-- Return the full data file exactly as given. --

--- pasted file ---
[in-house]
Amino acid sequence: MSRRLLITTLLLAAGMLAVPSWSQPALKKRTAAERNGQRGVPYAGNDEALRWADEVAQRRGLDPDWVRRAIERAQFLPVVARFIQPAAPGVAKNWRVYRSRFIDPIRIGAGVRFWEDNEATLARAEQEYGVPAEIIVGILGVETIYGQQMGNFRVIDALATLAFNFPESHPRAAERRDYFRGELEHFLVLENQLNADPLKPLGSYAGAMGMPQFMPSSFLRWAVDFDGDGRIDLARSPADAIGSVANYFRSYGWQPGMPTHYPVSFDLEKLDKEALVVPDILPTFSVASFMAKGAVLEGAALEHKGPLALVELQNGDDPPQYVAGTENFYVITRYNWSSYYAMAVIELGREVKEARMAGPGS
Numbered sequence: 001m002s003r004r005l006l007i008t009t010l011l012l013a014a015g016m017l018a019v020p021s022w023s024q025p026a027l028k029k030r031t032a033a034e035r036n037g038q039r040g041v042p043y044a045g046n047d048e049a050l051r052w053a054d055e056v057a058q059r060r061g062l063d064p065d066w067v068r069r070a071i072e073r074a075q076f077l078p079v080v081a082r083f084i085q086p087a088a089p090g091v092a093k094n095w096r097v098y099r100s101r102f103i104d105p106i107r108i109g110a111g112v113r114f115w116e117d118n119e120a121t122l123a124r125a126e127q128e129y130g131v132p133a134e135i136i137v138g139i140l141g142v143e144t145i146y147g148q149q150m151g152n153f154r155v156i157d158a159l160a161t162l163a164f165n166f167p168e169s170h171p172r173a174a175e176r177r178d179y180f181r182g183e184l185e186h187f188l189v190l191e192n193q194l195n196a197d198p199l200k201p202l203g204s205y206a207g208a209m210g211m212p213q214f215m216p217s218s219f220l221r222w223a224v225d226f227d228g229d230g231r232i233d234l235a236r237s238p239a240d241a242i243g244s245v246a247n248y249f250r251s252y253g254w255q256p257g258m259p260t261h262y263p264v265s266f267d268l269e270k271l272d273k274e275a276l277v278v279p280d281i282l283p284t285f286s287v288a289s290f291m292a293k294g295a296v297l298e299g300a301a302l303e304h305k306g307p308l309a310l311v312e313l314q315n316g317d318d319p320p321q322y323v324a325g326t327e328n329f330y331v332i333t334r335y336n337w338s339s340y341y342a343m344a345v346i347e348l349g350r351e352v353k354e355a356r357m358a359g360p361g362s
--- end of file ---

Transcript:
[in-house]
Amino acid sequence: MSRRLLITTLLLAAGMLAVPSWSQPALKKRTAAERNGQRGVPYAGNDEALRWADEVAQRRGLDPDWVRRAIERAQFLPVVARFIQPAAPGVAKNWRVYRSRFIDPIRIGAGVRFWEDNEATLARAEQEYGVPAEIIVGILGVETIYGQQMGNFRVIDALATLAFNFPESHPRAAERRDYFRGELEHFLVLENQLNADPLKPLGSYAGAMGMPQFMPSSFLRWAVDFDGDGRIDLARSPADAIGSVANYFRSYGWQPGMPTHYPVSFDLEKLDKEALVVPDILPTFSVASFMAKGAVLEGAALEHKGPLALVELQNGDDPPQYVAGTENFYVITRYNWSSYYAMAVIELGREVKEARMAGPGS
Numbered sequence: 001m002s003r004r005l006l007i008t009t010l011l012l013a014a015g016m017l018a019v020p021s022w023s024q025p026a027l028k029k030r031t032a033a034e035r036n037g038q039r040g041v042p043y044a045g046n047d048e049a050l051r052w053a054d055e056v057a058q059r060r061g062l063d064p065d066w067v068r069r070a071i072e073r074a075q076f077l078p079v080v081a082r083f084i085q086p087a088a089p090g091v092a093k094n095w096r097v098y099r100s101r102f103i104d105p106i107r108i109g110a111g112v113r114f115w116e117d118n119e120a121t122l123a124r125a126e127q128e129y130g131v132p133a134e135i136i137v138g139i140l141g142v143e144t145i146y147g148q149q150m151g152n153f154r155v156i157d158a159l160a161t162l163a164f165n166f167p168e169s170h171p172r173a174a175e176r177r178d179y180f181r182g183e184l185e186h187f188l189v190l191e192n193q194l195n196a197d198p199l200k201p202l203g204s205y206a207g208a209m210g211m212p213q214f215m216p217s218s219f220l221r222w223a224v225d226f227d228g229d230g231r232i233d234l235a236r237s238p239a240d241a242i243g244s245v246a247n248y249f250r251s252y253g254w255q256p257g258m259p260t261h262y263p264v265s266f267d268l269e270k271l272d273k274e275a276l277v278v279p280d281i282l283p284t285f286s287v288a289s290f291m292a293k294g295a296v297l298e299g300a301a302l303e304h305k306g307p308l309a310l311v312e313l314q315n316g317d318d319p320p321q322y323v324a325g326t327e328n329f330y331v332i333t334r335y336n337w338s339s340y341y342a343m344a345v346i347e348l349g350r351e352v353k354e355a356r357m358a359g360p361g362s